Native plants put on the most active growth in cool, fall weather. John Muir correctly observed that, except in the icy mountains, California really has only two seasons – spring and summer. For our native plants, our fall then is really their spring.
The California Native Plant Society’s local chapter welcomes the fall planting season with their M. This year it will be held Saturday, October 11th from 9 am to 12 noon at Rocca Park in Jamestown. Central Sierra Audubon will also be selling bird boxes and books.
The native plant growing season begins with the shortening of days, cooling of nights and return of moisture to the air with the first fall rains. With the rains (or assistance from the garden hose) they awaken from their summer dormancy, where survival depended on their ability to shut down, conserve energy and moisture, and hang on. While the days are cooling, the soil is a massive reservoir of heat encouraging plant roots to grow as soon as they have moisture.
We can see the results of this renewal of root growth with the first warm days at the end of January and February’s ‘false spring’. Ceanothus stretch their branch tips, foothill wild currents (Ribes) already start blooming and manzanitas shine with tender, bronzy new growth, early buds and bloom. Even though March tries to spit and squawk out a bit of winter, the natives are undeterred. They grow on, preparing for an extravagant April and May bloom.
By the time June comes, with its long days and introduction to summer’s daunting heat, most native plants at this elevation are well on their way to doing what is the ultimate purpose of all flowering plants—to ensure their species survival through seed production. Remember, the flower is just the bribe, the come-on to the pollinator. With seed successfully set, the annual dies and the perennial or shrub rests.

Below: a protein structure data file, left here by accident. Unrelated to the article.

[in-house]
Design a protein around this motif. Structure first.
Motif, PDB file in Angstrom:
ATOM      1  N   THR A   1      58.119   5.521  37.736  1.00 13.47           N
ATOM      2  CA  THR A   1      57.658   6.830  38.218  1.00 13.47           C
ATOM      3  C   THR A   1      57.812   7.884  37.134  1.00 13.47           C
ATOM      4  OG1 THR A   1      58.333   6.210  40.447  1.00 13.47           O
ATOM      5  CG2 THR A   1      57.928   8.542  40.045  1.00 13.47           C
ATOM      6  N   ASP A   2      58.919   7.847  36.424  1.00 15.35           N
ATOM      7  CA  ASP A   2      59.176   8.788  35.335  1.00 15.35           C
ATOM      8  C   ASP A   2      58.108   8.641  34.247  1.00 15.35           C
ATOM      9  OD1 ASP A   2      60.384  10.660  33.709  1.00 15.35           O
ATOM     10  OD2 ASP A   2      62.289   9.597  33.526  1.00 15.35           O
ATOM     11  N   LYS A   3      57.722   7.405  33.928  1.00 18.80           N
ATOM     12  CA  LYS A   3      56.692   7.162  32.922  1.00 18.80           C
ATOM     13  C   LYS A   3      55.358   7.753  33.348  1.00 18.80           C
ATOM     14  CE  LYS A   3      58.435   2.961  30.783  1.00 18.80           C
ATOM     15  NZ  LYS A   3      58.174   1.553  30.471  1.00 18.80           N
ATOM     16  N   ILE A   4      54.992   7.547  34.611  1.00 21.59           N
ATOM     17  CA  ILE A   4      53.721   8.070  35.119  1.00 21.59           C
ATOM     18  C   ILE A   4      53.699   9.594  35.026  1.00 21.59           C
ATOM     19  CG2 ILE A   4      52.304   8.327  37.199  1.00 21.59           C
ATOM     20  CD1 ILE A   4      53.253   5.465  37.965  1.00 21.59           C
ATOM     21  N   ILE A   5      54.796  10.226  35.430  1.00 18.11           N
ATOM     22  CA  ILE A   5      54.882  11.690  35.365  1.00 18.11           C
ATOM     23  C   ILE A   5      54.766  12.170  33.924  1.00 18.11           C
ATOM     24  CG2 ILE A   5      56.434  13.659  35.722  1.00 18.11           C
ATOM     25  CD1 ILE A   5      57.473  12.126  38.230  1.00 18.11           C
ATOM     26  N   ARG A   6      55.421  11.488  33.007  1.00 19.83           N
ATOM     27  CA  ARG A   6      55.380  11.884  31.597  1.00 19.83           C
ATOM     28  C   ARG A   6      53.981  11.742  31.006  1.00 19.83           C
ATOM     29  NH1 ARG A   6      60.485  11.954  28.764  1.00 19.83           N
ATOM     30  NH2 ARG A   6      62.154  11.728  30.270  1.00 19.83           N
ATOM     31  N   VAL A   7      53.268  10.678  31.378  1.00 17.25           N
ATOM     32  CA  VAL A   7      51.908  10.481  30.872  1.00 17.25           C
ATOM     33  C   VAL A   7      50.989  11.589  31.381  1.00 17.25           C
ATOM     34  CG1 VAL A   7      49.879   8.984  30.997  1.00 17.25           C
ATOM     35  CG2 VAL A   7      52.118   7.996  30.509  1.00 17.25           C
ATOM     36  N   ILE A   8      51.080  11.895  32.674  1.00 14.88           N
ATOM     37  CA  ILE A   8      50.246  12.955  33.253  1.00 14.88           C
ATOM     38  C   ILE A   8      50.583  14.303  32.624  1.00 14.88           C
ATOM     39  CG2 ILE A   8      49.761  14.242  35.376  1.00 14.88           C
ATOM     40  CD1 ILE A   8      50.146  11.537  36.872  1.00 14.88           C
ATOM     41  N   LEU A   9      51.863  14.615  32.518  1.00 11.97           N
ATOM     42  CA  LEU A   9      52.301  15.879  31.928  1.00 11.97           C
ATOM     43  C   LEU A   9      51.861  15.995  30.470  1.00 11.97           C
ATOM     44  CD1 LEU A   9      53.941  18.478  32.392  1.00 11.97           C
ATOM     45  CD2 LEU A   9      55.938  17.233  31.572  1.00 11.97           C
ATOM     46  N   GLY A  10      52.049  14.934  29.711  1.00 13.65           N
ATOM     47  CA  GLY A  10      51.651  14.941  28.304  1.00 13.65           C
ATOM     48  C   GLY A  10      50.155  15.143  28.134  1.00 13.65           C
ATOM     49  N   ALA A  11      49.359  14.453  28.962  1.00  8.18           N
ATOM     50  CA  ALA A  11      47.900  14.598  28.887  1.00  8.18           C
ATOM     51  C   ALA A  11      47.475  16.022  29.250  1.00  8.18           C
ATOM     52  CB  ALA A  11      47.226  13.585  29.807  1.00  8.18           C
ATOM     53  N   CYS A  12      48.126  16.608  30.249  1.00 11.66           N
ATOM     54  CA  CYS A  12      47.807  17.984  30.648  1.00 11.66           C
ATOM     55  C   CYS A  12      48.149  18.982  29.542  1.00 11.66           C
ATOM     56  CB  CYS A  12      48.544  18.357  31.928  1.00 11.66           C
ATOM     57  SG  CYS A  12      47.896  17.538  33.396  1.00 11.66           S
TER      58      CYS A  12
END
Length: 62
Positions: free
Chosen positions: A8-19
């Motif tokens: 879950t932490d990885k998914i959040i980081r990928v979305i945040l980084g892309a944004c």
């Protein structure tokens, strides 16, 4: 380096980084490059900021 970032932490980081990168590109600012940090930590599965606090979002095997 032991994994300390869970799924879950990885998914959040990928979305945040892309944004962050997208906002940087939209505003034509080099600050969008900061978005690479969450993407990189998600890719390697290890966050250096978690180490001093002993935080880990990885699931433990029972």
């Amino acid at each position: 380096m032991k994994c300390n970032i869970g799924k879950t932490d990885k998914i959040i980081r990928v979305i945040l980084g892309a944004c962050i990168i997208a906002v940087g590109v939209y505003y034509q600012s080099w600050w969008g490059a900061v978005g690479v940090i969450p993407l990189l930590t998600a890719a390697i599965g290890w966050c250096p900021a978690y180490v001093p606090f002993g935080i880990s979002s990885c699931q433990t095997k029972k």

Although not much will be blooming at the upcoming native plant sale (for the reasons discussed above), shoppers will find loads of lovely shrubs, trees and perennials. Look for a great variety of California wild lilacs (Ceanothus)–from the tall arching ‘Dark star’ to the tough spreading groundcover ‘Anchor Bay’. Shrubs will include deer-proof manzanitas, spice bush (Calycanthus), and deer-resistant Salvia clevelandii. Trees like the showy western redbud, incense cedar and western dogwood will be on hand along with a good selection of perennials such as penstemons, sulfur buckwheats and the exceptional Salvia ‘Bee’s Bliss’ which forms lavender blooms and a dense mat with a four-foot spread. Expect some color from the Hummingbird fuchsia (Zauschneria) and hummingbird sage.
Fall is the only time to successfully plant touchy natives like the Matilija poppy (Romneya coulteri), and Fremontodendron, which succumb to root rot if watered in the heat of the summer. By planting them in the fall they will be adequately established by next season.
Come early to the sale to find the best selection of drought tolerant and wildlife-sustaining natives for your yard.
Provided by UCCE Master Gardeners Vera Strader and Francie McGowan, based on an original
Article by Mary Anderson who is a UCCE Master Gardener in Calaveras County. She is a member and past president of the California Native Plant Society.